What are Muscles For?

What are muscles for? And what do they actually do? Let's dispense with the conventional explanation first. Muscles are for strength. Perhaps, but that explanation isn't useful. We don't really need more strength. Okay, everyone can invent a situation where more strength would be handy, but for every situation we can also invent a work-around or a way to adapt without increasing strength. I'm not anti-strength here, we should all try to make each other stronger, smarter, richer and better looking.  I'm just saying it isn't a need. Being normal isn't a deficiency. Anyway, strength is relative. If you are doing athletic competition against people in your weight class, in most situations more muscle mass is an advantage. But that is a small part of the martial arts world. And to the contrary, it is the minimum promise of most martial arts classes that skill and training can confer more advantage than strength alone.

So if muscles aren't for strength what are they? What do they do? 

They pull inward. They shorten. Wow, that was easy. But think about the implications of this. Pushing out from the center isn't actually possible. It is an illusion. A bone can act as a lever moving a distal point in an out-from-the-center direction, but the muscle has to move inward to accomplish that. If you are paying attention to muscles, their only action is inward. Yes, you can also lean in towards another person and lever out from the center in two directions, toward the ground and toward the opponent. But the muscles are still moving inwards.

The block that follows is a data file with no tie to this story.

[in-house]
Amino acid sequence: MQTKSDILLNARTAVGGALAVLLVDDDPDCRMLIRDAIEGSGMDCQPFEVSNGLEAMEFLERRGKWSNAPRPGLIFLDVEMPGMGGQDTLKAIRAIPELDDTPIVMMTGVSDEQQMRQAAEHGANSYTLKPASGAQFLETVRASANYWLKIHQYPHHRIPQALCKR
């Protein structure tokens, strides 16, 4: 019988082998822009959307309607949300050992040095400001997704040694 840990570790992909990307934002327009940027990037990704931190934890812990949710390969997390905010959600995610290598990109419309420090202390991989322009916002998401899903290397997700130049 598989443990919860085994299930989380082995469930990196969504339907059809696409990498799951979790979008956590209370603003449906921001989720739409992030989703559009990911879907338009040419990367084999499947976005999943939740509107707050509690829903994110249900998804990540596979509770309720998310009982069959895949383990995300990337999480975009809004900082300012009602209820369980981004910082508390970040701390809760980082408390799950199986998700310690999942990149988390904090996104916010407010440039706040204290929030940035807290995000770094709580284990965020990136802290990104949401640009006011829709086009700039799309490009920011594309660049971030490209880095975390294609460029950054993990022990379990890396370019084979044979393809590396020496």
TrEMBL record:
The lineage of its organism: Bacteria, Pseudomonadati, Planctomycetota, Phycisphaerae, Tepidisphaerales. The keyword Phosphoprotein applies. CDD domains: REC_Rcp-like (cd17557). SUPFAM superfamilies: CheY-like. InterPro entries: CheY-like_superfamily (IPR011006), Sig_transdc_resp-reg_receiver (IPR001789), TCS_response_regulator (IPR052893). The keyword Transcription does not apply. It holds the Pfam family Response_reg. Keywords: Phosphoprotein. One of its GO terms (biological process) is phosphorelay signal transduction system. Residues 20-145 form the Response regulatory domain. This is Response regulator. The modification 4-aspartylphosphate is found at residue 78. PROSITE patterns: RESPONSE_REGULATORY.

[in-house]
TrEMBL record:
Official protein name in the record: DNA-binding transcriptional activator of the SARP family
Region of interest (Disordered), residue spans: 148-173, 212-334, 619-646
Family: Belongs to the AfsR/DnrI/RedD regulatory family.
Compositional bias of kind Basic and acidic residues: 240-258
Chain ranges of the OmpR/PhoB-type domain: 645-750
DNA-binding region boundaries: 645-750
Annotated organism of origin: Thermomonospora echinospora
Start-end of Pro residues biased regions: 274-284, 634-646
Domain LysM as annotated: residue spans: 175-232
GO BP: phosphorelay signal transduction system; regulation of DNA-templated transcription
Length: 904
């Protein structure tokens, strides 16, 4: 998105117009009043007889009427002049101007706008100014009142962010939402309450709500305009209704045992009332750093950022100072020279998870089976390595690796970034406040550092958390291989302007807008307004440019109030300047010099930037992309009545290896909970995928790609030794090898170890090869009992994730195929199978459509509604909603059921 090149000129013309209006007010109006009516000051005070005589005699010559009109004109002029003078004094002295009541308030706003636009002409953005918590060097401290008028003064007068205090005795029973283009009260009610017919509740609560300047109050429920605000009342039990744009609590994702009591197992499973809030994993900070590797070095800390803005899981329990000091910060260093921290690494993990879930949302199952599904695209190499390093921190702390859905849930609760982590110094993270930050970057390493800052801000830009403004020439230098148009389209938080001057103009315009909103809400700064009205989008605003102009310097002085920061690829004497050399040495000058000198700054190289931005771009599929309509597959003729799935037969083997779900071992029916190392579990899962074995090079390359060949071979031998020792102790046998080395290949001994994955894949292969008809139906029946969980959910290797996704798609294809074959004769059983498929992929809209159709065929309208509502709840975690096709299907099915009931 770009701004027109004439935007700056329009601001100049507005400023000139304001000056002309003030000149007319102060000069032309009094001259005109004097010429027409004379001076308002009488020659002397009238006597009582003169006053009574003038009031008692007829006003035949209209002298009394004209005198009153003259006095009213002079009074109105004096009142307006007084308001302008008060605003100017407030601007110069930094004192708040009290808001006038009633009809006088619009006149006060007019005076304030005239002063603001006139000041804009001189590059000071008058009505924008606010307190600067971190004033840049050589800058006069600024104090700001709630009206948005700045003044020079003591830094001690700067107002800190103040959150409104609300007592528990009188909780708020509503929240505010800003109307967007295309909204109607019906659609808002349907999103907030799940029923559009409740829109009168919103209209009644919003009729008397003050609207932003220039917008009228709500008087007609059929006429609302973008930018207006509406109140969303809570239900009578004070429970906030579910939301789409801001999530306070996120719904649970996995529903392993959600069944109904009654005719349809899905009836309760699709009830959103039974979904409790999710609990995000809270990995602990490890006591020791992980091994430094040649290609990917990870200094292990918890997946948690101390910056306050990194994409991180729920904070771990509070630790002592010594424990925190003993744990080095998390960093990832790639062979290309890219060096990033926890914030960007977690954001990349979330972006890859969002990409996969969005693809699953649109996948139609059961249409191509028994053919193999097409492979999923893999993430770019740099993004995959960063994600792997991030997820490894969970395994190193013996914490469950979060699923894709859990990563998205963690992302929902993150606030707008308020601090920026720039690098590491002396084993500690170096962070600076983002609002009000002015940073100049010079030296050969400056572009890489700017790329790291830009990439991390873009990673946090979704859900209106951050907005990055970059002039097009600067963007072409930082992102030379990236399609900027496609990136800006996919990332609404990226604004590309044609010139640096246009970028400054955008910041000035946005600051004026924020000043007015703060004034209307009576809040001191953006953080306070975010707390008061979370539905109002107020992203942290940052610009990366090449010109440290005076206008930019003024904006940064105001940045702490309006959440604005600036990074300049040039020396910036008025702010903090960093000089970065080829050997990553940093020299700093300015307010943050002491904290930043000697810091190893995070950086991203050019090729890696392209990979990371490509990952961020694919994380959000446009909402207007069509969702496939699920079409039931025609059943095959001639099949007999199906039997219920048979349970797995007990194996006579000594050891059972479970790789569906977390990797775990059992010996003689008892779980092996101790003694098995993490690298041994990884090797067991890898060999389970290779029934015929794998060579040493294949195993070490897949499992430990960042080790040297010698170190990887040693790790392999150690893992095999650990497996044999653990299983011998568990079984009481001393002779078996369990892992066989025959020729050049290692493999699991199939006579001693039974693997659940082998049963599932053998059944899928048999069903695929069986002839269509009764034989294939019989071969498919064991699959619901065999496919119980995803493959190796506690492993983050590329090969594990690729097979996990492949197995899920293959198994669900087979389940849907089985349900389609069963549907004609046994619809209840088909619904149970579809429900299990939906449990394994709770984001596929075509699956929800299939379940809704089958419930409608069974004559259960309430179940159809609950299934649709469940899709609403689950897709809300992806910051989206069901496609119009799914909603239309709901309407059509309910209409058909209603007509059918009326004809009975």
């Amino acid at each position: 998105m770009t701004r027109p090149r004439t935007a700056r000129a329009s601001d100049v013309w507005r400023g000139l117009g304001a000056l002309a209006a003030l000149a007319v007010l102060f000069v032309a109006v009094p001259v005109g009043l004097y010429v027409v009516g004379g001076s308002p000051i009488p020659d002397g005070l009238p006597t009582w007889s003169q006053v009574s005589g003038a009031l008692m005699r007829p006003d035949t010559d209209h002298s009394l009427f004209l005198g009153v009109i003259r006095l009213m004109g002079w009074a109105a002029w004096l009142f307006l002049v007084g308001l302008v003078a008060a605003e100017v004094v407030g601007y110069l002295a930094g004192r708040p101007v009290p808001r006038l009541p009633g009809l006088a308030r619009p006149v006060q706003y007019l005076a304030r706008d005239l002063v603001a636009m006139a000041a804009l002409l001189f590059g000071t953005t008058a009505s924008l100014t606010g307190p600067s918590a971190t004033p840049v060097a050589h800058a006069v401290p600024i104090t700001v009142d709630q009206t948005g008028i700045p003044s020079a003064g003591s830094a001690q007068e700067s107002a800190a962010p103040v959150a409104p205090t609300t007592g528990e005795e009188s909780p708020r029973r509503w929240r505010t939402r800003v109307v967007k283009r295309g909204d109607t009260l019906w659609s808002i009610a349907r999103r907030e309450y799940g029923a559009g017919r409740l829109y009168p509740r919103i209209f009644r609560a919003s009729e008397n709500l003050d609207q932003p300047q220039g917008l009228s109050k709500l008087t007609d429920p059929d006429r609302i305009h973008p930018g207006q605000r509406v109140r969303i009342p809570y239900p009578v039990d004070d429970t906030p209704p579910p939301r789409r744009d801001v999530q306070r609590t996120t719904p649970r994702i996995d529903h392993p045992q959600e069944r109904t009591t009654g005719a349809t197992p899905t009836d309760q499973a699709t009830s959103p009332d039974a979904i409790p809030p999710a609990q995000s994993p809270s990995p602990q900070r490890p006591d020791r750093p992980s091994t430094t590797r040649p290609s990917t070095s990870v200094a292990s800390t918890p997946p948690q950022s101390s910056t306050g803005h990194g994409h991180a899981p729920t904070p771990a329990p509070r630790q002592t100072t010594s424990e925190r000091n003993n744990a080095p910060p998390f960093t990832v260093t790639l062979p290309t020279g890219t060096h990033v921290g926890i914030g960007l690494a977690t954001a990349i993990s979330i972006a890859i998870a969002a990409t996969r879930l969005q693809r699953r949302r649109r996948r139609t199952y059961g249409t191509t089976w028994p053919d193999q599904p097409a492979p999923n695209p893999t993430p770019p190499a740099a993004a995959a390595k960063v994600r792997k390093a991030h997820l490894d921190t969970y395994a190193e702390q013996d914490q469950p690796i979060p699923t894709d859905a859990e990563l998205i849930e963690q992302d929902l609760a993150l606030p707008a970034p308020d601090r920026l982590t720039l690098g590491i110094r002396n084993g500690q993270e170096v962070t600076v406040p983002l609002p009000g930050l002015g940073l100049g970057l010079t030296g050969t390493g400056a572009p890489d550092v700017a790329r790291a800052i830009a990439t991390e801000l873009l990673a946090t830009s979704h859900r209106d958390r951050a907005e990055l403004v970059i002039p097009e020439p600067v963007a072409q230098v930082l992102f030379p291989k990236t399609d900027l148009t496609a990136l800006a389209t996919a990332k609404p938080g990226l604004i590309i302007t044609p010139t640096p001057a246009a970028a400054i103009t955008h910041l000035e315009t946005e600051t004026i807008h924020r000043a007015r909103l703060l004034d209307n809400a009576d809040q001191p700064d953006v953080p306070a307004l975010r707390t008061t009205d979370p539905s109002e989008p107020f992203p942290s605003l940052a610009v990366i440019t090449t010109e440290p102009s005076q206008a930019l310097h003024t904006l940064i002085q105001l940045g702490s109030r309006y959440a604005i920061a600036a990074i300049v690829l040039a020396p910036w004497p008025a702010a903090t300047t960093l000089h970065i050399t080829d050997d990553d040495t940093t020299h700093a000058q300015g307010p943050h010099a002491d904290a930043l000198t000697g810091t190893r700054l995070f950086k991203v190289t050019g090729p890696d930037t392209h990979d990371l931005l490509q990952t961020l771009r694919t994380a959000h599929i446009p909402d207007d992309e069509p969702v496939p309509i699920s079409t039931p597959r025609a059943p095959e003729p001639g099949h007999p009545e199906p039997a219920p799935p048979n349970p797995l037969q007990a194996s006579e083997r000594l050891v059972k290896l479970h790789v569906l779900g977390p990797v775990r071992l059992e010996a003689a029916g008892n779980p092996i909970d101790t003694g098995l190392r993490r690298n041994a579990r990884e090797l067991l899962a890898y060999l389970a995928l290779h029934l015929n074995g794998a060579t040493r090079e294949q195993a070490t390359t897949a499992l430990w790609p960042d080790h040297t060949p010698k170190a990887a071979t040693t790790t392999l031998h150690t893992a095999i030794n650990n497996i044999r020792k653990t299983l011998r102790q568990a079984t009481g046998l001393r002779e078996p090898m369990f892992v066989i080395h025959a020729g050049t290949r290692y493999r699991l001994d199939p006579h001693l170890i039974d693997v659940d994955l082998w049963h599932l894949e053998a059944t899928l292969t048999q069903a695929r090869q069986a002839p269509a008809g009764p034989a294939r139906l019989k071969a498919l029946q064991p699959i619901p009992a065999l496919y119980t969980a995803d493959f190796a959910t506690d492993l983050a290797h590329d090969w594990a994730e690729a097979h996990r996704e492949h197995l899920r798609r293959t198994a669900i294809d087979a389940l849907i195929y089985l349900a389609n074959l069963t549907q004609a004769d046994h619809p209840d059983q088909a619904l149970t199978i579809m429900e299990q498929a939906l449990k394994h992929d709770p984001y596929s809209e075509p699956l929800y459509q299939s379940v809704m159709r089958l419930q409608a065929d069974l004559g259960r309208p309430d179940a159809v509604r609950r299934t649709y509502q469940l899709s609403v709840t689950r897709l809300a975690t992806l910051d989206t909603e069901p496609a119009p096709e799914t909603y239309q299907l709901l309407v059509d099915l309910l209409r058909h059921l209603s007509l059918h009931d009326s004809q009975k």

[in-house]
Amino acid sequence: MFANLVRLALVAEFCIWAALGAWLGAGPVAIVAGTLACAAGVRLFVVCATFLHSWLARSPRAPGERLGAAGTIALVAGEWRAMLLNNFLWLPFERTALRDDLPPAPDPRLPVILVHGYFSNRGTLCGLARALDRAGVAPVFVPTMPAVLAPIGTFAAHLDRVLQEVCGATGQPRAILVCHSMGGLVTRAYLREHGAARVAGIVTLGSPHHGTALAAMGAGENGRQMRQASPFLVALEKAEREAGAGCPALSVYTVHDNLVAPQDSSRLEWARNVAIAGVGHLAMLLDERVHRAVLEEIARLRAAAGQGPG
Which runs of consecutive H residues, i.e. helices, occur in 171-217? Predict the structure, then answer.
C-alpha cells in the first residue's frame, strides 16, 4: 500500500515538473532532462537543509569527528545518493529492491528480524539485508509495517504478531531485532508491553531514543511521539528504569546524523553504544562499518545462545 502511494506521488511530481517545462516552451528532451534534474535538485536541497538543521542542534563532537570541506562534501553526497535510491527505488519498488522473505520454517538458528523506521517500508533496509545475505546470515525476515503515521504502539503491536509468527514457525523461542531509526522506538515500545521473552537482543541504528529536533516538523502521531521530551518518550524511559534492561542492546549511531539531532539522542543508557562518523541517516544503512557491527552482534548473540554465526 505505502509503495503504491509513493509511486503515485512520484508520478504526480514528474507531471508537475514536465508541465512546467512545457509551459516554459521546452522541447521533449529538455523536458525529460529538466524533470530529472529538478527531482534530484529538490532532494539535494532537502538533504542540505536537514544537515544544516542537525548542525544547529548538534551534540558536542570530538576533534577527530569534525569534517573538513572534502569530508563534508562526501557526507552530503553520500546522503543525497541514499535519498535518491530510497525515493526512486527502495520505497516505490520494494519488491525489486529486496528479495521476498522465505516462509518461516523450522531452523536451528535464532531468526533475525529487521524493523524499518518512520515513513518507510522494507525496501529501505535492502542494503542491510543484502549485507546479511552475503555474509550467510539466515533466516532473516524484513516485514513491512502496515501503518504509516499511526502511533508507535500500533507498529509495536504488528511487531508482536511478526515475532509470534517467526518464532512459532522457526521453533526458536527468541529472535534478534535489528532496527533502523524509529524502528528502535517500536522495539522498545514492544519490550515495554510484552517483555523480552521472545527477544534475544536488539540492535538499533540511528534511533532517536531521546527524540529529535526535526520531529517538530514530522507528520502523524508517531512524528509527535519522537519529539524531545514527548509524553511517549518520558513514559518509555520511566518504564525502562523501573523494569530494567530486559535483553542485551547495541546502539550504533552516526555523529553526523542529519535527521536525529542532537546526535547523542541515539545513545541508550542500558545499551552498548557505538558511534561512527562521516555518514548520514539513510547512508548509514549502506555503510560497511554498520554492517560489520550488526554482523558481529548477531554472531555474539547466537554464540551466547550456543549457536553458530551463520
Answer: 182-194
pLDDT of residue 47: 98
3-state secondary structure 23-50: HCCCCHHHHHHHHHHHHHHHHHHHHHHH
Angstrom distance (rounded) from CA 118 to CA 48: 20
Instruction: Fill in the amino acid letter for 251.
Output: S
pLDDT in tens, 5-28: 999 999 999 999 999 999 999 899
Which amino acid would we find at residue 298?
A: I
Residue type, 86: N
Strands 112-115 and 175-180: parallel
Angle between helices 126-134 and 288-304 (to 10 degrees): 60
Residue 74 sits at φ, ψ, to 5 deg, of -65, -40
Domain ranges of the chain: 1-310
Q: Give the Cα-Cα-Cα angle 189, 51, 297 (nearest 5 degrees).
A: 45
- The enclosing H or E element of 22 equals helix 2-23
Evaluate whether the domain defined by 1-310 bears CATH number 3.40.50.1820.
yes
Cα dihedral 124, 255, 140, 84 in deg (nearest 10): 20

Bones and ligaments are passive structures. Muscles do all the active work. If a muscle is active on one side of the joint and loose on the other, the ligaments will hold the joint together. But in the longterm ligaments wear out so that isn't a good way to move. That's why stretching can be dangerous. If you have trained yourself to relax muscles, you will be instantly stretching ligaments. So watch out.  

Ligaments connect bone to bone, by definition they transfer force from one bone to another. But they also surround the joint capsules. Every joint has a synovial fluid sack which, like cartilage, goes in between two bones. Ligaments keep the synovial fluid sacks from slipping out. 

If all the muscles are engaged the body becomes liquid.  Wherever a muscle is deficient our "structure" loses some of its liquidity.  Anywhere a muscle lacks tone, ligaments have to make up for it. And ligaments don't pull inward, they are pretty static.  Engaged muscles always have room to lengthen, ligaments never do.  

Muscles pull inward and keep our structure in a liquid state. 

Homework: Are the any exceptions? Why?